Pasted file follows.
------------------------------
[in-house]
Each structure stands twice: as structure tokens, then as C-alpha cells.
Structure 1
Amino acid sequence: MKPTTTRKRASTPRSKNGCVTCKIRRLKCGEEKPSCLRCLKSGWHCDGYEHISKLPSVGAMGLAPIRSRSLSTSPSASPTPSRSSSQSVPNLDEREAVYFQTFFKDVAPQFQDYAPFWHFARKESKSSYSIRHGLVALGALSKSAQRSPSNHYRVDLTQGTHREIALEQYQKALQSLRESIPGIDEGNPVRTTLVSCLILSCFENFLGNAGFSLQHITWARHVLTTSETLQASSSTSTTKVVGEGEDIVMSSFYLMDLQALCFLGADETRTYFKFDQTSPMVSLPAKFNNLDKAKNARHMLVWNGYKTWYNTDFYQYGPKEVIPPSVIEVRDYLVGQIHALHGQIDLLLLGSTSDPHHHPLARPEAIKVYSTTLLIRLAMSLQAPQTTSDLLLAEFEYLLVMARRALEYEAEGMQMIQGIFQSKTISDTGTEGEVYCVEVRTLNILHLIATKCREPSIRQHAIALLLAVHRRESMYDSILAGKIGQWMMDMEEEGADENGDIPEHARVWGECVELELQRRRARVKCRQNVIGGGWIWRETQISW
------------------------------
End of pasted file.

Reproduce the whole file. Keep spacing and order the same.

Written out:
[in-house]
Each structure stands twice: as structure tokens, then as C-alpha cells.
Structure 1
Amino acid sequence: MKPTTTRKRASTPRSKNGCVTCKIRRLKCGEEKPSCLRCLKSGWHCDGYEHISKLPSVGAMGLAPIRSRSLSTSPSASPTPSRSSSQSVPNLDEREAVYFQTFFKDVAPQFQDYAPFWHFARKESKSSYSIRHGLVALGALSKSAQRSPSNHYRVDLTQGTHREIALEQYQKALQSLRESIPGIDEGNPVRTTLVSCLILSCFENFLGNAGFSLQHITWARHVLTTSETLQASSSTSTTKVVGEGEDIVMSSFYLMDLQALCFLGADETRTYFKFDQTSPMVSLPAKFNNLDKAKNARHMLVWNGYKTWYNTDFYQYGPKEVIPPSVIEVRDYLVGQIHALHGQIDLLLLGSTSDPHHHPLARPEAIKVYSTTLLIRLAMSLQAPQTTSDLLLAEFEYLLVMARRALEYEAEGMQMIQGIFQSKTISDTGTEGEVYCVEVRTLNILHLIATKCREPSIRQHAIALLLAVHRRESMYDSILAGKIGQWMMDMEEEGADENGDIPEHARVWGECVELELQRRRARVKCRQNVIGGGWIWRETQISW